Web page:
I’ve yet to turn many of these observations into anything I’d consider a production ready test-case reducer, but I’ve done enough experimentation with them to know that they work pretty well. They’re not perfect – some formats are hard to reduce without knowing a fair bit about them – but they’re surprisingly good, particularly if you take a lot of different bad parses and use each of them as a separate pass.

More generally, a philosophy of taking a guess and see if it works seems to play out pretty well in test-case reduction, because the worst case scenario is that it doesn’t work and you wasted a bit of time, and often it’s possible to make quite good guesses.

Another advantage of the “bad parsing” approach is that you can often make changes that just happen to work but don’t necessarily correspond to grammatically sensible transformations.

This works particularly well if you have multiple different ways of parsing the data – e.g. Hypothesis has some reduction passes that work using the underlying token structure of its representation, and some that work on the higher level hierarchical structure. Many of the lexical reductions are boundary violating (e.g. Hypothesis can reduce the nested list \([[0, 1], [2, 3]]\) to \([[0, 1, 2, 3]]\) by deleting data in a region that cuts across a hierarchical boundary. Similarly you can imagine doing this on the text form by deleting the two innermost brackets which don’t correspond to a balanced pair). Switching between different viewpoints on how to parse the data gives you the ability to define fairly orthogonal reduction passes, each of which can perform transformations that the other would miss.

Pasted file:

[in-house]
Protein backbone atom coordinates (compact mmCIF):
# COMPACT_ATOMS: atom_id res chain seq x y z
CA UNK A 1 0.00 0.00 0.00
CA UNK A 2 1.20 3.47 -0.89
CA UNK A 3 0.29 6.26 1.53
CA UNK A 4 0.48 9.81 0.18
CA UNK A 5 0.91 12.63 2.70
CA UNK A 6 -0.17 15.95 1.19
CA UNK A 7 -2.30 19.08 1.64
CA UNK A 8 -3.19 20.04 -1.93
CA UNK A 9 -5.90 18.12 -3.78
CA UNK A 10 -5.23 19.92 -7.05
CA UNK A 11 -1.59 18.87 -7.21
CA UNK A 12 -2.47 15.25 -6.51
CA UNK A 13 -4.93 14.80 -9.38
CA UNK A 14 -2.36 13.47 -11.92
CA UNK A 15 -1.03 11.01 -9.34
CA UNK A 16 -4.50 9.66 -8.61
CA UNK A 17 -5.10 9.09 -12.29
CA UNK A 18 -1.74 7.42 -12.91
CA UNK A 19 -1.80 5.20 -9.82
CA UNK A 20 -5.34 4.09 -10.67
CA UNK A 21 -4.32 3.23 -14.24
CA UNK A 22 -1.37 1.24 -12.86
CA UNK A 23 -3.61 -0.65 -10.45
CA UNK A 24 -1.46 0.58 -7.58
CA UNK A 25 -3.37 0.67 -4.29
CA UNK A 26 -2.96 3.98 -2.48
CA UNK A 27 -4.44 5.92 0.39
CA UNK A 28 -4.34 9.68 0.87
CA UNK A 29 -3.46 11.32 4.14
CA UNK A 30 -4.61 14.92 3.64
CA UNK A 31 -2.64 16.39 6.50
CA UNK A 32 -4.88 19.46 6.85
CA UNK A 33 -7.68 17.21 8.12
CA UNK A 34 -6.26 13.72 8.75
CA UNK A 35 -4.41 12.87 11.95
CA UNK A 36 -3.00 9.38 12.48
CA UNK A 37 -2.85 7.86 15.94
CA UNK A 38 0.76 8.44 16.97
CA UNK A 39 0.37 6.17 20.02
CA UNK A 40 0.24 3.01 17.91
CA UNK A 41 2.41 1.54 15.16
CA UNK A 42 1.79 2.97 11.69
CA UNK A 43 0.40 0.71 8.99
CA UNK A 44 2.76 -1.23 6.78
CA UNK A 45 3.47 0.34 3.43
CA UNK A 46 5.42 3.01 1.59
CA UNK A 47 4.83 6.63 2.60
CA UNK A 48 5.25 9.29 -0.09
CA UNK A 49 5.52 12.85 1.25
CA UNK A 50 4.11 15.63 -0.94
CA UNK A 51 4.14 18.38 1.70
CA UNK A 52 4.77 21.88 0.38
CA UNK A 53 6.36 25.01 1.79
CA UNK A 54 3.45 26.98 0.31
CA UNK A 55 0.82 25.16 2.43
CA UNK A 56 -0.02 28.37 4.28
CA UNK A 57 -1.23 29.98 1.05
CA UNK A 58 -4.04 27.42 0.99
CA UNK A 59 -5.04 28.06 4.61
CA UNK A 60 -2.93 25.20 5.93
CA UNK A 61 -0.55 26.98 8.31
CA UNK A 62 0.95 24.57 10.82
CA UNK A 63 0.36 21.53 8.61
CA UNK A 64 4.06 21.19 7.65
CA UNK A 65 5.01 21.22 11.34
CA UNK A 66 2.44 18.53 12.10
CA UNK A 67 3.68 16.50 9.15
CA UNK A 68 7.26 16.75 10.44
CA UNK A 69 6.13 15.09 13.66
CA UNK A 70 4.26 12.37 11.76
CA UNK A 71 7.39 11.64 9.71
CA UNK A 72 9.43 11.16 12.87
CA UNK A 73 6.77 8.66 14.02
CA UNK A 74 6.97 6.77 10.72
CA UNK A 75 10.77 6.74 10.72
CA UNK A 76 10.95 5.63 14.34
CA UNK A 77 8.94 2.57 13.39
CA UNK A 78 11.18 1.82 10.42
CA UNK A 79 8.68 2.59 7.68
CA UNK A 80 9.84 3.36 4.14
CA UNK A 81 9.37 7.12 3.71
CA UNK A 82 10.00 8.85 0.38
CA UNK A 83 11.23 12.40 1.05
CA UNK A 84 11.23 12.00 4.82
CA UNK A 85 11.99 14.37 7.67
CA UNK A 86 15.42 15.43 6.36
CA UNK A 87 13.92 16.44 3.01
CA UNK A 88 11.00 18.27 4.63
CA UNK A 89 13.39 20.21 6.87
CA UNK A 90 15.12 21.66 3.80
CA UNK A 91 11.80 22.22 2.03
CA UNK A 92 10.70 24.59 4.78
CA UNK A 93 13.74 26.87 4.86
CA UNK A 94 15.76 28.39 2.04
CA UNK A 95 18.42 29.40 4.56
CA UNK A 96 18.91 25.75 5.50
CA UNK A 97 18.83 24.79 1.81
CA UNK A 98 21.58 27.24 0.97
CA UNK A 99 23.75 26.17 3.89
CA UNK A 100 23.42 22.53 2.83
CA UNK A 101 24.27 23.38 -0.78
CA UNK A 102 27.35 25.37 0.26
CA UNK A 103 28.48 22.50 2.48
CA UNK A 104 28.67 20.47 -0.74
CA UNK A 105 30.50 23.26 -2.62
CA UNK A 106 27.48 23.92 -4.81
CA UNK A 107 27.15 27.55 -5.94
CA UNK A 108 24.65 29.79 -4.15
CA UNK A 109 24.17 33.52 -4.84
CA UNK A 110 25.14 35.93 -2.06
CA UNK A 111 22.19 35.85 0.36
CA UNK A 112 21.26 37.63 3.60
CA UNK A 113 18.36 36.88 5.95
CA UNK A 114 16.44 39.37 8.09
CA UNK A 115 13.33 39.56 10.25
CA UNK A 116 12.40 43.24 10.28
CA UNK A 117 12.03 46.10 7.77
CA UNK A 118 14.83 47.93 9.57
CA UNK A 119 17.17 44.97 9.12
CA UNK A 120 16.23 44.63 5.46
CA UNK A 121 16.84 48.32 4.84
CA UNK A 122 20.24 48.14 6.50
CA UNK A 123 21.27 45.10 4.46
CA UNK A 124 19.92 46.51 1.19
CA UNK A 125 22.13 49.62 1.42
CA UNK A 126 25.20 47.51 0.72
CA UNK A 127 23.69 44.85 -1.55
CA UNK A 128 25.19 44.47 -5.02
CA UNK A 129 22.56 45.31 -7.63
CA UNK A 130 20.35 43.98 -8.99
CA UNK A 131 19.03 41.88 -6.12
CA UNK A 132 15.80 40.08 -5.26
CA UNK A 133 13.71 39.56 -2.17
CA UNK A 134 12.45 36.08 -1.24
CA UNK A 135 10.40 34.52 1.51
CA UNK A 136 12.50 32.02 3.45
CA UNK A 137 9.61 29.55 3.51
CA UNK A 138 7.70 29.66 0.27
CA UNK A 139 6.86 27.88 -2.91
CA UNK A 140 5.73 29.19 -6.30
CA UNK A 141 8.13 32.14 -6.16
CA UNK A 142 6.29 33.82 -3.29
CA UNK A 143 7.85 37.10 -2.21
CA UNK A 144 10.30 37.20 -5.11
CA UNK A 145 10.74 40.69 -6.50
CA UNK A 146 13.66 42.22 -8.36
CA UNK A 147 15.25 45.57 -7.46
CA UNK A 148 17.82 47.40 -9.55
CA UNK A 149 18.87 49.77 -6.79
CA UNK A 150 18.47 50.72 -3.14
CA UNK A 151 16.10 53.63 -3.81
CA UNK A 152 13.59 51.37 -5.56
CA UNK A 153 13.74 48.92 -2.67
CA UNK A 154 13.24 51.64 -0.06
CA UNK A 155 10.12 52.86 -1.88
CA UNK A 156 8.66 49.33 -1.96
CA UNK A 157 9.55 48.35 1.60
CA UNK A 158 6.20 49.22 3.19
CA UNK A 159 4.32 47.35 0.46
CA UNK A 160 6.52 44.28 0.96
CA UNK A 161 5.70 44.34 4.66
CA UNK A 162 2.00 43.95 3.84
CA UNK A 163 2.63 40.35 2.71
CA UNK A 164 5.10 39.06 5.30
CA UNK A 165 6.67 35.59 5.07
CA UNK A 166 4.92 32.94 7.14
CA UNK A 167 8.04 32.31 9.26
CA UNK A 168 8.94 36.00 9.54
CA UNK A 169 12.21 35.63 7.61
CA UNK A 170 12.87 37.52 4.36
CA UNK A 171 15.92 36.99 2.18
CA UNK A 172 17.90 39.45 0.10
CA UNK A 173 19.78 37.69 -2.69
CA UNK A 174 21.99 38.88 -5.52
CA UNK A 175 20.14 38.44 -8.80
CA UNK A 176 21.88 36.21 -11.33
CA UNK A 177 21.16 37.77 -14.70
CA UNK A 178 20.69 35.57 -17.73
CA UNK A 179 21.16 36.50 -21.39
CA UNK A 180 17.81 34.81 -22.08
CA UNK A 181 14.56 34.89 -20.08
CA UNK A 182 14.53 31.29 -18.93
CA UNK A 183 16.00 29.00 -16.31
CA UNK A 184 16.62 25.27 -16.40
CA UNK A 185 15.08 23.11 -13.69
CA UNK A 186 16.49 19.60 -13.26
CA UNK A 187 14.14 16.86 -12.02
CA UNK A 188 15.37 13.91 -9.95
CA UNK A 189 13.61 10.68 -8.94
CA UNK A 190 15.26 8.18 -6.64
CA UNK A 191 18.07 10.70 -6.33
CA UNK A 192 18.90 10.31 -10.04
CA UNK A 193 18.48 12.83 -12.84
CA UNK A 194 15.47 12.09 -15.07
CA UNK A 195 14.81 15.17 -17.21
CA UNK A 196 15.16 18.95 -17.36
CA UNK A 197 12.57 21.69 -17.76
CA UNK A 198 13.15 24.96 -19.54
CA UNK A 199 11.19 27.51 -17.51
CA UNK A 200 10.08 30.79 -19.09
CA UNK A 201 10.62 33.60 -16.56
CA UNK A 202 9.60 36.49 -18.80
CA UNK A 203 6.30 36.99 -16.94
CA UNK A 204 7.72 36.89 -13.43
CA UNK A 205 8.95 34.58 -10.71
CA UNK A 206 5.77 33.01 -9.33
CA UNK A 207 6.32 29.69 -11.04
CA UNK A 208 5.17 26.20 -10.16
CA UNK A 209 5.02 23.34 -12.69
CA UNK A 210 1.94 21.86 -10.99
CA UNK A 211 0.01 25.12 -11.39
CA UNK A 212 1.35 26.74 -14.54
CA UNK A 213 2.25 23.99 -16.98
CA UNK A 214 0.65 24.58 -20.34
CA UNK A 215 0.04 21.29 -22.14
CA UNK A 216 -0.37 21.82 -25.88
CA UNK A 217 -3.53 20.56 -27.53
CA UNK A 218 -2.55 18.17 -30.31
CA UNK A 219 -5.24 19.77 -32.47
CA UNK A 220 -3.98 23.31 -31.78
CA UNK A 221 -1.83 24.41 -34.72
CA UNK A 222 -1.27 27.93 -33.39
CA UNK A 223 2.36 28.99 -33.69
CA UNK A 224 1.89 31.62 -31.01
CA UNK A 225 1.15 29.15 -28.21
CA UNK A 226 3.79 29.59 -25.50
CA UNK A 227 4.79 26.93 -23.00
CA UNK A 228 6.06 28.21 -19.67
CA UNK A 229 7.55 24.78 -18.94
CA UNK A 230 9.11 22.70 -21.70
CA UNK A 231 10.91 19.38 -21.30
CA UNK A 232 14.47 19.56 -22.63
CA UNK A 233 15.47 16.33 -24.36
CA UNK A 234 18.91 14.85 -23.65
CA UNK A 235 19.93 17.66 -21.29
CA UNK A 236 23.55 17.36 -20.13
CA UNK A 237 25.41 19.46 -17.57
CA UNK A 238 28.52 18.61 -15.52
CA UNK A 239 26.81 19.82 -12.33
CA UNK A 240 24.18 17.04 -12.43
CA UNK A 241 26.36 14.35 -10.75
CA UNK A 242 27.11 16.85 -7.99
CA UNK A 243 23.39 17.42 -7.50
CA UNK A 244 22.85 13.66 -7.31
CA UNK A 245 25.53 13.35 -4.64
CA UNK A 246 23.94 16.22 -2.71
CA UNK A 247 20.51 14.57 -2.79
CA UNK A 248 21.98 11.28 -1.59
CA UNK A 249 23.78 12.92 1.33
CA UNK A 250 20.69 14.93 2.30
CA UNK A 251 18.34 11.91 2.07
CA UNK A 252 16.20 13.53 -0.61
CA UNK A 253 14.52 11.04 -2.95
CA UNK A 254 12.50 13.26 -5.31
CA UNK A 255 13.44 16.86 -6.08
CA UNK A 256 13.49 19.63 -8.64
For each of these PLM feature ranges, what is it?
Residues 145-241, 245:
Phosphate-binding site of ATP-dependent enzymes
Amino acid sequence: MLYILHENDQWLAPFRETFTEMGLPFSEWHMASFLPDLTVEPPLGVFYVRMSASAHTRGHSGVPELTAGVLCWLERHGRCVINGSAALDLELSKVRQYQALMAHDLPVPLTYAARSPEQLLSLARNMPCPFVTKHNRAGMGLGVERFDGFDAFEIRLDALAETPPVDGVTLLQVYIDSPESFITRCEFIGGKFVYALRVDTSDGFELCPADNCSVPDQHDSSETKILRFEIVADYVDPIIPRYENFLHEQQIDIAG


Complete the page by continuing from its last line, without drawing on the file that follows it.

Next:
Misc Details

Here are some additional useful details that didn’t fit anywhere else.


A thing that has proven phenomenally useful in Hypothesis is autopruning. By the nature of the problem in Hypothesis, you can determine how much of the test case is used. This lets you replace any successful test case with a potentially much shorter prefix by pruning out the unused bits. This happens automatically whenever you call the test function.

I don’t know how broadly applicable this is. Certainly it’s easy to implement without that tracking – every time you successfully reduce the test case, try replacing it with a prefix – first delete the last byte and if that works try binary searching down to some shorter prefix. I suspect this is more useful in Hypothesis’s application than anywhere else though.

Pessimistic Concurrency

An approach I haven’t personally used yet but is found in Google Project Zero’s halfempty is pessimistic concurrency. C-Reduce uses a similar strategy.